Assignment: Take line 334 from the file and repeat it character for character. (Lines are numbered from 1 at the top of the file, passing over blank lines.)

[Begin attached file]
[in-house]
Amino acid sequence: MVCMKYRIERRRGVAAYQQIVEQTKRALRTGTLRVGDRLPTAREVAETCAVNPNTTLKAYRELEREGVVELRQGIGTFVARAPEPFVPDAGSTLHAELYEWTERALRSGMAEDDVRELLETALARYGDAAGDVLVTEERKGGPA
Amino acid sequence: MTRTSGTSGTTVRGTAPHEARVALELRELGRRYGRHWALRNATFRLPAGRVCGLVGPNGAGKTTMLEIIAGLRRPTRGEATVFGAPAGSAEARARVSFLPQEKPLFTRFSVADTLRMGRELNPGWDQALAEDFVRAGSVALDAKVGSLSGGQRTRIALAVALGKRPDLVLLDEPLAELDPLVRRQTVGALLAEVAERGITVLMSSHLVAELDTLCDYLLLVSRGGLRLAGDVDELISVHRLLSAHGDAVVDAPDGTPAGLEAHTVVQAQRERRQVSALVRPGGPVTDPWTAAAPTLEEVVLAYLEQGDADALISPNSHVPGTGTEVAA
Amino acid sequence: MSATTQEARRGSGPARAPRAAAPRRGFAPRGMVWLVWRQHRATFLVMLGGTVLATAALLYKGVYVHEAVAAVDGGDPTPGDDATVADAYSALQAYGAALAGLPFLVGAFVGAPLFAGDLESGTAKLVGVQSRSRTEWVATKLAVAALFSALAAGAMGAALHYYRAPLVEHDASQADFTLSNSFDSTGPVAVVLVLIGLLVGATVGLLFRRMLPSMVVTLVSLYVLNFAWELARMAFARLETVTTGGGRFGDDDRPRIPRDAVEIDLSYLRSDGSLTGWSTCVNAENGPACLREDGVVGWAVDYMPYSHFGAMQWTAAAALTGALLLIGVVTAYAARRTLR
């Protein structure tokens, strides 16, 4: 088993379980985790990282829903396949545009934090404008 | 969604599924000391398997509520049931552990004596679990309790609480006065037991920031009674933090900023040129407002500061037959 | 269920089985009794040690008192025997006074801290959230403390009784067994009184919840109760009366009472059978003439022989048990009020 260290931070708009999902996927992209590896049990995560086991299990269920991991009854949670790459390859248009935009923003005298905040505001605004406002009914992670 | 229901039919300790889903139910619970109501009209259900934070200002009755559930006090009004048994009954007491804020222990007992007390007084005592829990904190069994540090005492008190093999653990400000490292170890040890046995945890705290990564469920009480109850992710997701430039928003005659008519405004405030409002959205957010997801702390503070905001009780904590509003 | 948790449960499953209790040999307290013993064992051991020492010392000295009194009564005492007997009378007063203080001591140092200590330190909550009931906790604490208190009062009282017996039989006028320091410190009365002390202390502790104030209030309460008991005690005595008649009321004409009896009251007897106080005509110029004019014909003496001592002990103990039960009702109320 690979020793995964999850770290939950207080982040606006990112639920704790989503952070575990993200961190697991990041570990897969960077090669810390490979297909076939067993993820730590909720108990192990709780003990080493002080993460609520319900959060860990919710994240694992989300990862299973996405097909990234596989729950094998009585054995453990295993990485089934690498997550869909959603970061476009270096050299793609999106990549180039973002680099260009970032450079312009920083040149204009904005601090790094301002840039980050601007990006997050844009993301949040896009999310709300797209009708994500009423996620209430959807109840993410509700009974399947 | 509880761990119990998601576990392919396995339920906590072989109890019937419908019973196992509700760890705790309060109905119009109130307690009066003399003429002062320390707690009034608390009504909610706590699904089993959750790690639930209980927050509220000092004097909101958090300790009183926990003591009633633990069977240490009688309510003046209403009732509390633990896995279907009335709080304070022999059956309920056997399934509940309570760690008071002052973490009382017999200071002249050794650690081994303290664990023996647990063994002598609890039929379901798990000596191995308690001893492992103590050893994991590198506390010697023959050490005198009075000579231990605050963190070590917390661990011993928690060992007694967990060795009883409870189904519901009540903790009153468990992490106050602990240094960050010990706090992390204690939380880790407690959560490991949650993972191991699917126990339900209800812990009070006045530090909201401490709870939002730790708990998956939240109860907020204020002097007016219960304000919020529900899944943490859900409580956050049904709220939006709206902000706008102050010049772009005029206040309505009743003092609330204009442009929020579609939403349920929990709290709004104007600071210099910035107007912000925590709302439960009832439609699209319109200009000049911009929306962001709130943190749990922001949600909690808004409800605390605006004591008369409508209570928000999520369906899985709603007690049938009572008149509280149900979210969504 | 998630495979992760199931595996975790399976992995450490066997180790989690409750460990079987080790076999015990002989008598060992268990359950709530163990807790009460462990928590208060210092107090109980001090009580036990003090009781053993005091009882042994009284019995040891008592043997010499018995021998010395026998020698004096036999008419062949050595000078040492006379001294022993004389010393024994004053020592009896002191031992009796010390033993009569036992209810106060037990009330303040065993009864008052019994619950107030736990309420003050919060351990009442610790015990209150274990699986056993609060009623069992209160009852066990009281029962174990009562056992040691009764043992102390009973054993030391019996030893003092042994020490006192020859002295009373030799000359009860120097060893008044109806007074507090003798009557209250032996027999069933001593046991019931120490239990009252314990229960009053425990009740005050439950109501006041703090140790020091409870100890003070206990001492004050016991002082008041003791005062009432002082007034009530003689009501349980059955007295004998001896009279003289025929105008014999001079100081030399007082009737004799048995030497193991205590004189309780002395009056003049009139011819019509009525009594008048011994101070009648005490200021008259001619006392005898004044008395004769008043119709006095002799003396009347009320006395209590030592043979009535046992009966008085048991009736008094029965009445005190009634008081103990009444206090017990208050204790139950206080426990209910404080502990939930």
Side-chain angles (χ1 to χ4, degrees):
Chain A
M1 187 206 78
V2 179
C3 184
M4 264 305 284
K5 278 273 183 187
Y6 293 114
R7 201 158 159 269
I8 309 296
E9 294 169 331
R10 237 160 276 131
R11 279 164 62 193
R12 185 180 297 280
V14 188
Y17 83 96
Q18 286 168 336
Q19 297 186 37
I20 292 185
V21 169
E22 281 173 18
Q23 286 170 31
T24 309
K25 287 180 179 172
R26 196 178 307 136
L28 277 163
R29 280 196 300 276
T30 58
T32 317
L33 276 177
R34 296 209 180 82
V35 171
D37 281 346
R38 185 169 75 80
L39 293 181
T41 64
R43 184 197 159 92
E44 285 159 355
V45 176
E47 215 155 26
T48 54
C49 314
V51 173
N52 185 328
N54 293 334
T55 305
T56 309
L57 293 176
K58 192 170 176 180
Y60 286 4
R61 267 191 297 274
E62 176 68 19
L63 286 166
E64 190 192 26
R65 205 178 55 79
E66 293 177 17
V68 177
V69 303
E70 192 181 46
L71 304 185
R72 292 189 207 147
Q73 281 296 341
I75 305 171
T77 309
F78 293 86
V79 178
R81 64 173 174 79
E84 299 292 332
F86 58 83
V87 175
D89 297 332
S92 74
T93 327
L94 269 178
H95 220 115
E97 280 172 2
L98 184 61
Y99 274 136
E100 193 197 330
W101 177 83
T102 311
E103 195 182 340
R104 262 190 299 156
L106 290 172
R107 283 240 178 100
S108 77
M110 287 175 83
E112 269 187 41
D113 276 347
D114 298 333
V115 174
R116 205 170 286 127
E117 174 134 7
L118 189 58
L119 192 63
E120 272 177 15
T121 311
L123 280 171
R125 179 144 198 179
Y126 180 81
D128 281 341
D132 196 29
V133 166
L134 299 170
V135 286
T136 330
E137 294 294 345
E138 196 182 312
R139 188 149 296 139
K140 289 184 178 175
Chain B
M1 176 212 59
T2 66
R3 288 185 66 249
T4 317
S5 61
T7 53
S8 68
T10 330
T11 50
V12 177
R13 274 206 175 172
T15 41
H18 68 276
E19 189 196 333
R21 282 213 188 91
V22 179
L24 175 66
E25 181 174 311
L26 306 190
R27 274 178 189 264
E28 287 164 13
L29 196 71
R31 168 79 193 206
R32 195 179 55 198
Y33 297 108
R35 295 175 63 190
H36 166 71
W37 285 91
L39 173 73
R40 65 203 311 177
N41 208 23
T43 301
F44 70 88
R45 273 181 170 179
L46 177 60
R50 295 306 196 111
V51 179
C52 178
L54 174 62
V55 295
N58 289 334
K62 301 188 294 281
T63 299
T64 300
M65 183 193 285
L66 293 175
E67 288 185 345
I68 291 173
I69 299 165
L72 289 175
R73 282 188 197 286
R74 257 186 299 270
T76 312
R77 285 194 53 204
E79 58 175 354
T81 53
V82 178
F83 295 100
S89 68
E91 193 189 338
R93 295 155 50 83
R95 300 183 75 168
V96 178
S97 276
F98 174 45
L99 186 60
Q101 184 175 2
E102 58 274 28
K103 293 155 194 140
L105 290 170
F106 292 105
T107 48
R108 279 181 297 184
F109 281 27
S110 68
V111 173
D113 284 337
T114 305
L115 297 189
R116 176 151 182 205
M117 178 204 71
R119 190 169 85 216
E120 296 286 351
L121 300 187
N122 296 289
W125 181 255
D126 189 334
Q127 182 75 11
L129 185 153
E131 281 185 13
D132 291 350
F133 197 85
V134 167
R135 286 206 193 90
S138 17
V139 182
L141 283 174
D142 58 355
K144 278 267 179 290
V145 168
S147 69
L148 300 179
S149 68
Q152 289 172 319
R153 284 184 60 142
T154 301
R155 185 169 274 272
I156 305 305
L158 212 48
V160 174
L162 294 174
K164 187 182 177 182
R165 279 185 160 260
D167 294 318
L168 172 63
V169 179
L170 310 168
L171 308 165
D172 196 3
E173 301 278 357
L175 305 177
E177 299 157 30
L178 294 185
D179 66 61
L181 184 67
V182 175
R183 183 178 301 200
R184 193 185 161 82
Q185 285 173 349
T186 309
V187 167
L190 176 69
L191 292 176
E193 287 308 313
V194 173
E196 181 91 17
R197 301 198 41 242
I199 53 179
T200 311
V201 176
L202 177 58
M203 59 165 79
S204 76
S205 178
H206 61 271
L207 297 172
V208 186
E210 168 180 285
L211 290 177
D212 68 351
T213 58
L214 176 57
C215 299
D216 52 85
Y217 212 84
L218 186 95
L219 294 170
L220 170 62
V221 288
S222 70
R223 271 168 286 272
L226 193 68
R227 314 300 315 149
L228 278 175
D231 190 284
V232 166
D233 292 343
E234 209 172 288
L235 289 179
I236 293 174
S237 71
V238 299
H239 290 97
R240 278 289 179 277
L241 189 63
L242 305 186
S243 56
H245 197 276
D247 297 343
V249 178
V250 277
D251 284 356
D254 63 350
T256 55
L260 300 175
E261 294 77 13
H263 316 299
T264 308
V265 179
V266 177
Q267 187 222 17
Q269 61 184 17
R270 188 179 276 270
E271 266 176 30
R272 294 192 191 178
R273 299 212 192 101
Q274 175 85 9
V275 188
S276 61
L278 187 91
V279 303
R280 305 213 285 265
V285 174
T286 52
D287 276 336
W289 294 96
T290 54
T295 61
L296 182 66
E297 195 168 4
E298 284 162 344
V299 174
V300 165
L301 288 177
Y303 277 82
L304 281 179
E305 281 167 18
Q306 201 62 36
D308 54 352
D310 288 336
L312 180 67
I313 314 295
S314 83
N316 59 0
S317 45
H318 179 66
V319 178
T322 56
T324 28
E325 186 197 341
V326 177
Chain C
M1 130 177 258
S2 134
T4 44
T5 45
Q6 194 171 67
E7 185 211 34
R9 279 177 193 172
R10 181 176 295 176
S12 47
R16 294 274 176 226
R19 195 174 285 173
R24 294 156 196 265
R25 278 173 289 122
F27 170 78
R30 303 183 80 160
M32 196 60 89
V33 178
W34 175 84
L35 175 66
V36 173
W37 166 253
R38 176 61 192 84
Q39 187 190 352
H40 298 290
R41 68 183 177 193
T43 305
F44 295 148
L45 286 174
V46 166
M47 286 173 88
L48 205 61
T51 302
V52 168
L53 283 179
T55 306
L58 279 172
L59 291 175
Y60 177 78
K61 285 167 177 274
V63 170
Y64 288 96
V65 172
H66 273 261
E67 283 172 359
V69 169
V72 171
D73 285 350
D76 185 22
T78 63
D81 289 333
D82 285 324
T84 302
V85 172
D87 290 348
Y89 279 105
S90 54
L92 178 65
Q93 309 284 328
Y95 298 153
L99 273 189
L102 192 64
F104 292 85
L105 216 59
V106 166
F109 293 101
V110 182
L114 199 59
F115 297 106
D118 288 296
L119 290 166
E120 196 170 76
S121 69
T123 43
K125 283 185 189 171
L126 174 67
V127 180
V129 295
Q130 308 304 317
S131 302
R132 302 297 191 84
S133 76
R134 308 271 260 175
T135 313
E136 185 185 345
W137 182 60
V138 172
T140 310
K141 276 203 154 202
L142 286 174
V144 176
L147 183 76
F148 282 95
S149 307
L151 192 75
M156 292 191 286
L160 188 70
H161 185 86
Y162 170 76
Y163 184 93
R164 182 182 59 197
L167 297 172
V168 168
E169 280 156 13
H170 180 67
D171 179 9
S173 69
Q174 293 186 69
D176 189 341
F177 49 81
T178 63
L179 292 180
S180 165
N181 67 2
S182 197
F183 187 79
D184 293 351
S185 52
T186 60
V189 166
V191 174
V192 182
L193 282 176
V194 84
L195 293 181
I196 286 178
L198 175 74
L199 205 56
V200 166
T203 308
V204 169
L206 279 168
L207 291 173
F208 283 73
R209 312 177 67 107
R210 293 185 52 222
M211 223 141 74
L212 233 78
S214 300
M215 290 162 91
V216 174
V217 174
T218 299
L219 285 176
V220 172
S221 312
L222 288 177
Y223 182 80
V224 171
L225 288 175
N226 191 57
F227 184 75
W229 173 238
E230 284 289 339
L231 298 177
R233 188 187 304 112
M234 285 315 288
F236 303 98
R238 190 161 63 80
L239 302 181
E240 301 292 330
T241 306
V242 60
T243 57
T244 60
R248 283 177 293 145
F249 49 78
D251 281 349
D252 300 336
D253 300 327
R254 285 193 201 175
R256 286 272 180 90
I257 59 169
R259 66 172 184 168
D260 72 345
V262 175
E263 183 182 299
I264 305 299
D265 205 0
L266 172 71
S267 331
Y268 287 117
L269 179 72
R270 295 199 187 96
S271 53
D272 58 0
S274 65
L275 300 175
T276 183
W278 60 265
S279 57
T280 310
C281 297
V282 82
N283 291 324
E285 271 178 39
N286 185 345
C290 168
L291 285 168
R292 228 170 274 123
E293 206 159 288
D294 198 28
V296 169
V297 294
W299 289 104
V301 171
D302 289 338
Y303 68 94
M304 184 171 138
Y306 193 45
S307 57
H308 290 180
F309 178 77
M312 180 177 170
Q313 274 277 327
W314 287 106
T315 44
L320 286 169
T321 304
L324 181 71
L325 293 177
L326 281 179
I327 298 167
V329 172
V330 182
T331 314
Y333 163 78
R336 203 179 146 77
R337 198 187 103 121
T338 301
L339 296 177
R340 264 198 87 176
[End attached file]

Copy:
Q306 201 62 36